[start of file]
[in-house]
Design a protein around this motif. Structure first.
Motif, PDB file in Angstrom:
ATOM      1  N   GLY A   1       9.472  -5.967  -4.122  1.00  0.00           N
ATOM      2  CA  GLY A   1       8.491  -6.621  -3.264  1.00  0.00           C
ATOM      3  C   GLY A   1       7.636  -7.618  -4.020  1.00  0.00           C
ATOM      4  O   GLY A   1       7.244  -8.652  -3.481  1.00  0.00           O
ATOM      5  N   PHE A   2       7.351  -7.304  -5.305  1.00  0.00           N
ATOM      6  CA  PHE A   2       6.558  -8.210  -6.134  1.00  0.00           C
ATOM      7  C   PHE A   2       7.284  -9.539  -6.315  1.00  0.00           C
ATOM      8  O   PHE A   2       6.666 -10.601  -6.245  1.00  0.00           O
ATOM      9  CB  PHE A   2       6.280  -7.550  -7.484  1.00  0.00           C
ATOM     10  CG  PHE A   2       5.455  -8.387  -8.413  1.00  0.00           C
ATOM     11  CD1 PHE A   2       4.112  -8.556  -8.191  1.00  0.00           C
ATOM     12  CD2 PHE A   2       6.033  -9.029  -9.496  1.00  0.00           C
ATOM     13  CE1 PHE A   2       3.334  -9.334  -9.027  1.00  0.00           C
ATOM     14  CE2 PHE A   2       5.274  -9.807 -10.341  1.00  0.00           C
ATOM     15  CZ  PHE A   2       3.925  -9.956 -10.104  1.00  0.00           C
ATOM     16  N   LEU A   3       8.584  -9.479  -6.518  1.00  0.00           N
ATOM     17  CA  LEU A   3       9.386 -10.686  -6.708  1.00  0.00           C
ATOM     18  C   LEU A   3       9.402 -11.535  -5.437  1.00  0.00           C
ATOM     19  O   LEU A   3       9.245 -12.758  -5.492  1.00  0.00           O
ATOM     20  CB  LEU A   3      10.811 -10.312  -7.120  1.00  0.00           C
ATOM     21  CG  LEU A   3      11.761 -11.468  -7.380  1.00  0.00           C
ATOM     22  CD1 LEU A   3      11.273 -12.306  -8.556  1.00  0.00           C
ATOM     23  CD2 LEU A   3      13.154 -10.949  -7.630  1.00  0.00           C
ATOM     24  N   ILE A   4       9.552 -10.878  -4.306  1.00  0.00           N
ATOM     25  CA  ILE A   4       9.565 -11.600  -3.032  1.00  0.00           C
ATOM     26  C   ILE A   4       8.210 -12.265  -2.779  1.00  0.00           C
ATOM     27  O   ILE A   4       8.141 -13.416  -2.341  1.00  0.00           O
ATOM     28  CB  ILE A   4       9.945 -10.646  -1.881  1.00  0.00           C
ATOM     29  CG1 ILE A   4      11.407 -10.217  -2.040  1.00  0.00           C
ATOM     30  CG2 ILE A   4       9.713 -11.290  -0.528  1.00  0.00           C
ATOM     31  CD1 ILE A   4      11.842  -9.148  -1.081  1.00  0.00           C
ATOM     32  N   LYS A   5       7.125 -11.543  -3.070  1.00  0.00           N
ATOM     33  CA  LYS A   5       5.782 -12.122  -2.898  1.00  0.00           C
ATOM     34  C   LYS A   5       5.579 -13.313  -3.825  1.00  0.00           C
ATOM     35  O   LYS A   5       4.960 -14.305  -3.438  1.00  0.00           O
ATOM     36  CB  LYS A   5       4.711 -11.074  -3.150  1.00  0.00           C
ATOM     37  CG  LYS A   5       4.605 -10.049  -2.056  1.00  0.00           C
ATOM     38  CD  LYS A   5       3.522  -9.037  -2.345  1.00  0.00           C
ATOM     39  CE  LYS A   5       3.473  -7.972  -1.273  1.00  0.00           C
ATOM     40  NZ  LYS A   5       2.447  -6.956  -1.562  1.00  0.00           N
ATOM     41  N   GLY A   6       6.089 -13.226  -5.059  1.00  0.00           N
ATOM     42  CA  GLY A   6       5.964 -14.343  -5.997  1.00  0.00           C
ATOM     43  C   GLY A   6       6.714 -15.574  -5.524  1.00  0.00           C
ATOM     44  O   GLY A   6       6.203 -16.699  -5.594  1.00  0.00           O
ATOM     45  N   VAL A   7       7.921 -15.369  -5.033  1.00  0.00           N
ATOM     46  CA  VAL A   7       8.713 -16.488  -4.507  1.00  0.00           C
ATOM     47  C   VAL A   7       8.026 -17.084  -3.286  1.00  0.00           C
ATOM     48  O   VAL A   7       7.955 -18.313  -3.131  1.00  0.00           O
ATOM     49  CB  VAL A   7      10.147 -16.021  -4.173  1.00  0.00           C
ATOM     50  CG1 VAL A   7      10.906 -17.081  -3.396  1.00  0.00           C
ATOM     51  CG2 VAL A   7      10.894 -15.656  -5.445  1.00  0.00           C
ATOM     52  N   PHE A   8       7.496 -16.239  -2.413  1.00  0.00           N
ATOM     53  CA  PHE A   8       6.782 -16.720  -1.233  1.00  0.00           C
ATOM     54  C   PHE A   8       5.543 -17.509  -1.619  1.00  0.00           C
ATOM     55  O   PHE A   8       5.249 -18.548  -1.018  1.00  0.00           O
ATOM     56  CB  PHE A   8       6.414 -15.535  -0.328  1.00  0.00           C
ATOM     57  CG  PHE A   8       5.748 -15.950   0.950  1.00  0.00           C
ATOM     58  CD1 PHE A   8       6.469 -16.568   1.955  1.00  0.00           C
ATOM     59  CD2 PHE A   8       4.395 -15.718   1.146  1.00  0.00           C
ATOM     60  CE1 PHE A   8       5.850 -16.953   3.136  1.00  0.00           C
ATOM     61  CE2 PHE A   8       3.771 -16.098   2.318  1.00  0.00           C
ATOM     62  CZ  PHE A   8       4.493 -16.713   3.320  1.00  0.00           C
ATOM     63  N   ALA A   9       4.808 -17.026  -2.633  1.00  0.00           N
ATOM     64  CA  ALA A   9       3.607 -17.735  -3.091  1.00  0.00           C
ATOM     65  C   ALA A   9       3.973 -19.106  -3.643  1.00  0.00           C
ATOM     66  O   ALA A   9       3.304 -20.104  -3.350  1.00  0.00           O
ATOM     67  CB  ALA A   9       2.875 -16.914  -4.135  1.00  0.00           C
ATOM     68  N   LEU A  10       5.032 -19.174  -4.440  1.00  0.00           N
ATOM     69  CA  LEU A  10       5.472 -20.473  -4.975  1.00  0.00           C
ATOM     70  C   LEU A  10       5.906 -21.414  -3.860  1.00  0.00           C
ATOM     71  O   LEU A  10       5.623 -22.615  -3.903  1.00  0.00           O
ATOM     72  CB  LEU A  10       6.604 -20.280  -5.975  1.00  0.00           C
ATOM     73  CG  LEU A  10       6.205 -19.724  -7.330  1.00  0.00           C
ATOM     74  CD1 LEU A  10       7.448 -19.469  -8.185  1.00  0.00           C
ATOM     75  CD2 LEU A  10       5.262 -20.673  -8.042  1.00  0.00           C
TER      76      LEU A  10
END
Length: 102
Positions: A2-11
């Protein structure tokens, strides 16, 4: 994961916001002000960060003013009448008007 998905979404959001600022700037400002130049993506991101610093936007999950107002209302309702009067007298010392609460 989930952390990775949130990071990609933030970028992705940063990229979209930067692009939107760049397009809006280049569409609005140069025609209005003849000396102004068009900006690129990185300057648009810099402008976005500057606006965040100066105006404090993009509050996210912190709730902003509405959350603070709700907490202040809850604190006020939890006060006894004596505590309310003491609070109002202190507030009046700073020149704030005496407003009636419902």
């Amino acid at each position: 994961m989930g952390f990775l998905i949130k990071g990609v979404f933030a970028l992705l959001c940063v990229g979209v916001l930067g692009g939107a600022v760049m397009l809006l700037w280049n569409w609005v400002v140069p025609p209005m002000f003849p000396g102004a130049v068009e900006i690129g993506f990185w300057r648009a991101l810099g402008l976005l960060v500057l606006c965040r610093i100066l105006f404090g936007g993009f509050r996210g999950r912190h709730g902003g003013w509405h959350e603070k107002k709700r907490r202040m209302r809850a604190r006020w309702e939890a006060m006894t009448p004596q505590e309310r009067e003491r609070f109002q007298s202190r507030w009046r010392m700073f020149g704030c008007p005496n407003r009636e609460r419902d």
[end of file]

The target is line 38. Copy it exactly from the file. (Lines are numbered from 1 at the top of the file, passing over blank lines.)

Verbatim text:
ATOM     35  O   LYS A   5       4.960 -14.305  -3.438  1.00  0.00           O